If you decide to refinance with a private lender, it's possible that you won't receive better service than you get with Navient, as almost all loan servicers receive complaints. A CFPB report from 2017 found that nonfederal student loans tend to receive more complaints as a whole than federal student loans; however, the complaints are not necessarily about the servicers.

Navient Customer Service and How to Submit a Complaint

If you have unresolved issues with Navient and want to file a complaint, check out these websites to report the issues.

FSA Feedback System: The federal student aid feedback system was created by the Department of Education to allow borrowers to report suspicious activity, file complaints and give positive feedback about their student loan experiences. If you want to register a grievance, you will have to fill out an online form to describe the issues you are facing and how you would like them to be resolved. You can attach relevant documents to support your complaint, and the Federal Student Aid office will respond as soon as it can.

Consumer Financial Protection Bureau (CFPB): The CFPB is another government website that's separate from the Department of Education, and it allows consumers to file complaints about any company. To file a complaint, you will have to fill out a form to categorize your complaint and describe the issue. According to the CFPB's website, 97% of people who report an issue receive a timely response by the company.

Better Business Bureau (BBB): The Better Business Bureau is a nongovernment website that works to resolve consumer issues with businesses. To file a complaint, you will have to provide your personal details, such as your name, address and email, and then explain the problems you are having with the company. After receiving your report, the BBB will then forward it to the business and request a response within 14 days. If the company fails to respond, the BBB will send another request. Navient has an A- rating on the BBB, indicating that the company gives timely responses.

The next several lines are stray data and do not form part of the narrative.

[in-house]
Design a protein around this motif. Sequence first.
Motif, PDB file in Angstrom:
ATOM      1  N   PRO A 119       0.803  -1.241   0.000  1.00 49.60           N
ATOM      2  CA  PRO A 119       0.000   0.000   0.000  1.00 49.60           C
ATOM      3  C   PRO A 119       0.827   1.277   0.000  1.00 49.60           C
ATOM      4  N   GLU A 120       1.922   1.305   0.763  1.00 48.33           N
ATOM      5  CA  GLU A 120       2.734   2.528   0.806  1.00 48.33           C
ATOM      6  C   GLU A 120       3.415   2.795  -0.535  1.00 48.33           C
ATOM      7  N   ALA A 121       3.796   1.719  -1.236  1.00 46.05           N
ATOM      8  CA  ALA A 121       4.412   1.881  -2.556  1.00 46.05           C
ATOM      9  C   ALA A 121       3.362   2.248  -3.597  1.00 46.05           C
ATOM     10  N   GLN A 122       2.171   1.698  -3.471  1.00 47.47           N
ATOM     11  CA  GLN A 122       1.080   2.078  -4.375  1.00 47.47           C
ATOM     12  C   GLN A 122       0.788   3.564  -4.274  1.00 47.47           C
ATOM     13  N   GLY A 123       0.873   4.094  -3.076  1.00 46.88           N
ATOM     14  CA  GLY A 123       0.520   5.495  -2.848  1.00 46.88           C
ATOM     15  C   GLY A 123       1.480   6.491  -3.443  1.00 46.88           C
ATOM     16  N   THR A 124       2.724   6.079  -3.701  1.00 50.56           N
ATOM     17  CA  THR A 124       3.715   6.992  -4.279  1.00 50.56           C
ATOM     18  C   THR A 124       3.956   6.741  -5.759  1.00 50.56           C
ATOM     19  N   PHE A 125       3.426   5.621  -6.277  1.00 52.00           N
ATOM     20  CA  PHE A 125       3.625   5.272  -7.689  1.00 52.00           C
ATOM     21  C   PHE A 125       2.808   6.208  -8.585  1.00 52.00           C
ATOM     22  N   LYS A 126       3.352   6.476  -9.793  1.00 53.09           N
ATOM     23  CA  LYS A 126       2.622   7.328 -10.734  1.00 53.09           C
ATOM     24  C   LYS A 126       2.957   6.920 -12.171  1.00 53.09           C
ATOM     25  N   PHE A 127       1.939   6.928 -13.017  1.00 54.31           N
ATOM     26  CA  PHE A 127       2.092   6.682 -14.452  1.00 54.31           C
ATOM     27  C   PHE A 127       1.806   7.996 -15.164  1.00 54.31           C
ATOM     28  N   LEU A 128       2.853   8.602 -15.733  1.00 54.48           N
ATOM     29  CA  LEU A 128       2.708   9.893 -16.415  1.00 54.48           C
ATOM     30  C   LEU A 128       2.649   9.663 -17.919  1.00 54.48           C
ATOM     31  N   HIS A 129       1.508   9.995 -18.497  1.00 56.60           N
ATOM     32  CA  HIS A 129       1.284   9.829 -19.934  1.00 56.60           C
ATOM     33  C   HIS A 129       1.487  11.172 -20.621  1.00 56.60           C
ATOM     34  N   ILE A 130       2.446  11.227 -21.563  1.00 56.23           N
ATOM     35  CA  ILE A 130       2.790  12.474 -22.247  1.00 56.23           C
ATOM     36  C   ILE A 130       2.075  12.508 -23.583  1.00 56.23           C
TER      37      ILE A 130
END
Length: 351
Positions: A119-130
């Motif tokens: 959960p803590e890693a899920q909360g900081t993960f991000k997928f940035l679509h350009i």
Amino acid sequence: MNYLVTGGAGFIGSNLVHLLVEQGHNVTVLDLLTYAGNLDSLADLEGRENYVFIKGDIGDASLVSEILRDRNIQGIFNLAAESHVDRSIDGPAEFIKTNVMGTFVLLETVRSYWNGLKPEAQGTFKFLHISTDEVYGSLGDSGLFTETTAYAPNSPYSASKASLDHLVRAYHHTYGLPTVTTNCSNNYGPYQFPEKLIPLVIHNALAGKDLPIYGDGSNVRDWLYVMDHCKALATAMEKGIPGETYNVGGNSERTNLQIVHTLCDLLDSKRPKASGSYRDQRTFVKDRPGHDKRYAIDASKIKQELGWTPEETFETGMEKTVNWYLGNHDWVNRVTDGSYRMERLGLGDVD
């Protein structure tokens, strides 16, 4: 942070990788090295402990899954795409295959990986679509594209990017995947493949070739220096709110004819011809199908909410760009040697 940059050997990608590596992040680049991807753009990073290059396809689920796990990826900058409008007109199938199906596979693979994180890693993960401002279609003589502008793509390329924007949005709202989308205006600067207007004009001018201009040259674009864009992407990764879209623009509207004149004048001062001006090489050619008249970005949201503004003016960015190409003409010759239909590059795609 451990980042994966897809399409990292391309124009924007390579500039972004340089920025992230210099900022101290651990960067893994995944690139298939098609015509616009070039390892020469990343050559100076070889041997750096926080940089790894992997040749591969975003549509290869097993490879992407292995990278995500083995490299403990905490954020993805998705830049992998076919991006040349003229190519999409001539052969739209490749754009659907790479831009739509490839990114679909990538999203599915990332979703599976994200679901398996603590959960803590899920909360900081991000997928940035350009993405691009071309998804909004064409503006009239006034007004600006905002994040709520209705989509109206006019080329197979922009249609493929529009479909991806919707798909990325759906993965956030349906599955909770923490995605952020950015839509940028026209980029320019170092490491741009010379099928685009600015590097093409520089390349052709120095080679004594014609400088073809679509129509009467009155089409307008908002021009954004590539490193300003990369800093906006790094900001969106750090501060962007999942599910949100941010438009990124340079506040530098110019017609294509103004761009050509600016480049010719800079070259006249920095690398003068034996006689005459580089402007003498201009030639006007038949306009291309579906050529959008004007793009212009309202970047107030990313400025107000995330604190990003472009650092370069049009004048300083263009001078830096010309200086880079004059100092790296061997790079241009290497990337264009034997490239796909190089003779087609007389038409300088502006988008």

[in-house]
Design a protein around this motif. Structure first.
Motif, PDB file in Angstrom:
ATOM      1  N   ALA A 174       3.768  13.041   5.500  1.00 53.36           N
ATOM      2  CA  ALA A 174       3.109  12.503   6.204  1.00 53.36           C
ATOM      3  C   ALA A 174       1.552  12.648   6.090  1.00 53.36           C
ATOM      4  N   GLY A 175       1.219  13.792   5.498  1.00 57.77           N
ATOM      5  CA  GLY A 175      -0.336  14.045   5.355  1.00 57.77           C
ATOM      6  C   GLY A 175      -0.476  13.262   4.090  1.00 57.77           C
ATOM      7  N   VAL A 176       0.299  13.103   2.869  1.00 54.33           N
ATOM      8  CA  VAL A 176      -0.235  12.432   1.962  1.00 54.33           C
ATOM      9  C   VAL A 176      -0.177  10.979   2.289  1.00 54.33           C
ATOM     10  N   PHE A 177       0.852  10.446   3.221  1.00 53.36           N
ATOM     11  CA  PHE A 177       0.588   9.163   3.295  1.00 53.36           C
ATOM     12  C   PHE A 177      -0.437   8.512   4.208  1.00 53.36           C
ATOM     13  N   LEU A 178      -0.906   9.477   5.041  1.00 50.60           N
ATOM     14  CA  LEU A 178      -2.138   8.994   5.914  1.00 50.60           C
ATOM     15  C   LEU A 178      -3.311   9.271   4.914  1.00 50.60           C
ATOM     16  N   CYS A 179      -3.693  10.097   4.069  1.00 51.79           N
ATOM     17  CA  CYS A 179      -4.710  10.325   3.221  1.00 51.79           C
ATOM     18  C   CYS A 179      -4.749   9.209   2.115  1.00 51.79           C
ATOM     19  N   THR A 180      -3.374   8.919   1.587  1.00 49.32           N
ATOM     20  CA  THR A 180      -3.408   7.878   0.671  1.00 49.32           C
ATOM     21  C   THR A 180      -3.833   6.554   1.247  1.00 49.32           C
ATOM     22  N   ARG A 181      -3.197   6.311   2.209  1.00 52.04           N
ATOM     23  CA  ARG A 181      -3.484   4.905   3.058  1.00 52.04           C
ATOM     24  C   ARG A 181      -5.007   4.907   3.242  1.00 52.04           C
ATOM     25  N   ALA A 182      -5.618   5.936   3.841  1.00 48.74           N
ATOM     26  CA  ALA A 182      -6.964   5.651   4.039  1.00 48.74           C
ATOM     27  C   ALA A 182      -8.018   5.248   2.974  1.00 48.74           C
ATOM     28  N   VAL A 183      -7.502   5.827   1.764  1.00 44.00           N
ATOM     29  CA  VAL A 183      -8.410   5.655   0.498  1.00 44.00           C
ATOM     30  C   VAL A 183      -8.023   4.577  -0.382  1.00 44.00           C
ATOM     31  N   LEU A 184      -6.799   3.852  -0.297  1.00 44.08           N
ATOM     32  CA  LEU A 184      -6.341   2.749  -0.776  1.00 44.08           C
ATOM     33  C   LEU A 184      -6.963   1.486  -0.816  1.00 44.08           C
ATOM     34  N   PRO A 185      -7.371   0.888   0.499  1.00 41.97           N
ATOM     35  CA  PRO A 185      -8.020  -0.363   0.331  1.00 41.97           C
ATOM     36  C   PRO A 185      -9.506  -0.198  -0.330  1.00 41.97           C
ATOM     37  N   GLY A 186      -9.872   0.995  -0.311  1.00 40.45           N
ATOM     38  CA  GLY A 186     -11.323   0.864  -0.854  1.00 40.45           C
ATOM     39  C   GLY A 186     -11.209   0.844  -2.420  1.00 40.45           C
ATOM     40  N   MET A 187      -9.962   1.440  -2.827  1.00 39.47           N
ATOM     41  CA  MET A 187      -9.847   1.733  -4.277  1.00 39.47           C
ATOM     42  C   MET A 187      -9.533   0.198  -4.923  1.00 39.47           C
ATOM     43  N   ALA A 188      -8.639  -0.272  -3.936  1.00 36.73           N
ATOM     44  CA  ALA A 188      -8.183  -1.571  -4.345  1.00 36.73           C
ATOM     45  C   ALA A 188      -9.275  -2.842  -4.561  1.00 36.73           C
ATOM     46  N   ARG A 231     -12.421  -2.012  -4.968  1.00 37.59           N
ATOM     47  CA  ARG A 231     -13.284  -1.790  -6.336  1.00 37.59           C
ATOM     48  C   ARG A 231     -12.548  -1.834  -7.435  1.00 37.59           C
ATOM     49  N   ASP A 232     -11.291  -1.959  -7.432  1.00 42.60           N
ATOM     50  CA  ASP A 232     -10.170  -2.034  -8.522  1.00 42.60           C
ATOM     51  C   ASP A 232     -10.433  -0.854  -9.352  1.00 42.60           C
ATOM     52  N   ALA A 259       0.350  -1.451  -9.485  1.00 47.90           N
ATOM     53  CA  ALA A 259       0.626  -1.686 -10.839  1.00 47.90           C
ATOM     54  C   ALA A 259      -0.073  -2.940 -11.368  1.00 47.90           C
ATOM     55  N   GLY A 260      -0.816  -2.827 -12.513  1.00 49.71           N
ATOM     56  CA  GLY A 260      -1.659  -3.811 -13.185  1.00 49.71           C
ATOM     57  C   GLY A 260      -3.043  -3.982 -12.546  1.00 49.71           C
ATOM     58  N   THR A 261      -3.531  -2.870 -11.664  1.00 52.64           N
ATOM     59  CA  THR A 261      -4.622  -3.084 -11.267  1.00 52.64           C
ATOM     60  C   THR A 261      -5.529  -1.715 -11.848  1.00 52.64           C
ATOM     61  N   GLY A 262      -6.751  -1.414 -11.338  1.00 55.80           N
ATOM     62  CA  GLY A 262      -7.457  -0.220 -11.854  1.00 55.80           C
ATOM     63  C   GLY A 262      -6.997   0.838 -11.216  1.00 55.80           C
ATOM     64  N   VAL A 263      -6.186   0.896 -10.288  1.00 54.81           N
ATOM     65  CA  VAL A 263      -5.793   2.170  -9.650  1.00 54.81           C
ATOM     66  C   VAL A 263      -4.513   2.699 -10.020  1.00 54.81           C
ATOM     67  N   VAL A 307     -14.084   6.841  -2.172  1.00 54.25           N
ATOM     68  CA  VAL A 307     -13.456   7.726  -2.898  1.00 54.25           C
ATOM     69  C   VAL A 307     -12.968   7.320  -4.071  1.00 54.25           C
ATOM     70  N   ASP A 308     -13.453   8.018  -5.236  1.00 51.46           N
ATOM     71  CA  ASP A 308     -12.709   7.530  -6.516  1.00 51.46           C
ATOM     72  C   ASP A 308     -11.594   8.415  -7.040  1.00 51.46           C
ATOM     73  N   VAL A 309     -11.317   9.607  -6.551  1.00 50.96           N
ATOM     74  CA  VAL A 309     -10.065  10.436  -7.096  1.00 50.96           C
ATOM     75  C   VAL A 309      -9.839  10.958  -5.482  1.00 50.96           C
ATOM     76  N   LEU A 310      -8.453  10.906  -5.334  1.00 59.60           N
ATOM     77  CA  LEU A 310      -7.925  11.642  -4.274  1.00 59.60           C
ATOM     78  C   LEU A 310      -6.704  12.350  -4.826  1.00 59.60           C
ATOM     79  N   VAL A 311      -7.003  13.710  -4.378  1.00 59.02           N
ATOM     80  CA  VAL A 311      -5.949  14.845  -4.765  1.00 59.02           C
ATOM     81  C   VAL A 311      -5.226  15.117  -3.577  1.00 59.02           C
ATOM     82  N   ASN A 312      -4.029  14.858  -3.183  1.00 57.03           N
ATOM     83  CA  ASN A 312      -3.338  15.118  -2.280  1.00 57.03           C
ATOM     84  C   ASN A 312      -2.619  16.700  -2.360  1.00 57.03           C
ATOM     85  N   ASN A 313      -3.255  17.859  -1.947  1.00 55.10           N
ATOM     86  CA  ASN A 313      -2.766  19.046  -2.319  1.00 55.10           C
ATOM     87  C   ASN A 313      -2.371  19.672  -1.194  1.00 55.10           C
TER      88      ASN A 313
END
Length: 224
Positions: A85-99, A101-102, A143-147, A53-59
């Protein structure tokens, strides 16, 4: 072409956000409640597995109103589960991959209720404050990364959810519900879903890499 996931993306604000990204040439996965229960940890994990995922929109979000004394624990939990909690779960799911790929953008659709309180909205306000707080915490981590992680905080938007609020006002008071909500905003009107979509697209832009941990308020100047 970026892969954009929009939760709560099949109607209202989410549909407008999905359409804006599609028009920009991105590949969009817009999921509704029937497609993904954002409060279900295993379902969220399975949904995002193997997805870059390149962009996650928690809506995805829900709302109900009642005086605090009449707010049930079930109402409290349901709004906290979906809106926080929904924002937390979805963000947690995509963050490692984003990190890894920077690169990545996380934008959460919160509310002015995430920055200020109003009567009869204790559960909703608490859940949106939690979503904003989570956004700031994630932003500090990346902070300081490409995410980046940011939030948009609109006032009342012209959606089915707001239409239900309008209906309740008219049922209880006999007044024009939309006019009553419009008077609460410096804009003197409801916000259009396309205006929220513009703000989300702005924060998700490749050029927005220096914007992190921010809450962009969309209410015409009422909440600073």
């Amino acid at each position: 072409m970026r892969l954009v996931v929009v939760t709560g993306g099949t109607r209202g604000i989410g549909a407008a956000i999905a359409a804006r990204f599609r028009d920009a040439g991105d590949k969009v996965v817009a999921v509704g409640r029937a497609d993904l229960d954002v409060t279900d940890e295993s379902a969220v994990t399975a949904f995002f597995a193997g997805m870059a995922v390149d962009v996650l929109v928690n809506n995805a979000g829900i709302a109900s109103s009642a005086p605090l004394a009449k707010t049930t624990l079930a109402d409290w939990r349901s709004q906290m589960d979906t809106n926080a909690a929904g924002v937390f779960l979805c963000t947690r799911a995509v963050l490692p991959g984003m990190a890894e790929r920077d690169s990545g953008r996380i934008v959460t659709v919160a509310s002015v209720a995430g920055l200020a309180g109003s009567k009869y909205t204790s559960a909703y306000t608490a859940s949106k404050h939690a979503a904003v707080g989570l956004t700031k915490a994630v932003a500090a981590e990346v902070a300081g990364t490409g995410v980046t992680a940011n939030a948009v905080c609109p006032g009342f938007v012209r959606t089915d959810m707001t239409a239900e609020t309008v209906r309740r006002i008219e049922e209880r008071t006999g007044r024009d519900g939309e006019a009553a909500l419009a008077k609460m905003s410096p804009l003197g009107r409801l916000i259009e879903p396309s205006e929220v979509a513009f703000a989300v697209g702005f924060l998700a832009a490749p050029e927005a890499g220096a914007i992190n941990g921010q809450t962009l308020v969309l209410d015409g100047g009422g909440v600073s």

Before using any of these websites, you should first contact Navient to see if it can resolve your issue. You can contact Navient by phone, mail, fax and through your online account or on the company's social media accounts. Be sure to check the company's website for frequently asked questions and other resources.

Contact Information

Common Problems with Navient Student Loans

Navient has received thousands of complaints on the CFPB and Better Business Bureau websites. However, the student loan servicer is BBB-verified and has received an A- rating, indicating that the lender responds to customer complaints. On the other hand, compared to other student loan servicers, Navient has been in the most lawsuits as a result of countless unresolved issues. The most recent cases were filed by the American Federation of Teachers, the attorneys general in California and Mississippi, and the CFPB. Here are some of the top complaints filed by Navient borrowers.

Trouble with how payments are handled: The majority of borrower complaints about Navient have to do with repayment issues. Either the borrower is being overcharged, or payments are misallocated. A few borrowers tried to change repayment plans and had issues with the switch, where Navient did not change the plan right away and the borrower was charged fees in the transition. In order to make sure your requests go through, talk with a Navient representative and ask for confirmations and updates to your email so you have evidence of the agreement and can track the timeline.

Can't decrease monthly payments: Various borrowers are having trouble repaying their loans but are not given other flexible options for repayment. One of the main arguments in the lawsuits against Navient is that the company failed to inform borrowers of other repayment plans to make payments more manageable. To ensure that you are getting the best repayment plan, research your options on your own. There are multiple calculators and resources to find an option that would make the most sense for you. Then, talk to a representative to change your plan and be sure to ask for confirmation by email.

Received bad information about a loan: Borrowers have also filed several complaints concerning the information that they have received about their loans. Similar to the complaints above, borrowers said they were not aware of their repayment options or had trouble switching plans. To avoid this, download the app and monitor your balance and payments. If you are seeing anything out of the ordinary, contact Navient right away to resolve the issue.

Madison is a former Research Analyst at ValuePenguin who focused on student loans and personal loans. She graduated from the University of Rochester with a B.A. in Financial Economics with a double minor in Business and Psychology.

Editorial Note: The content of this article is based on the author’s opinions and recommendations alone. It has not been previewed, commissioned or otherwise endorsed by any of our network partners.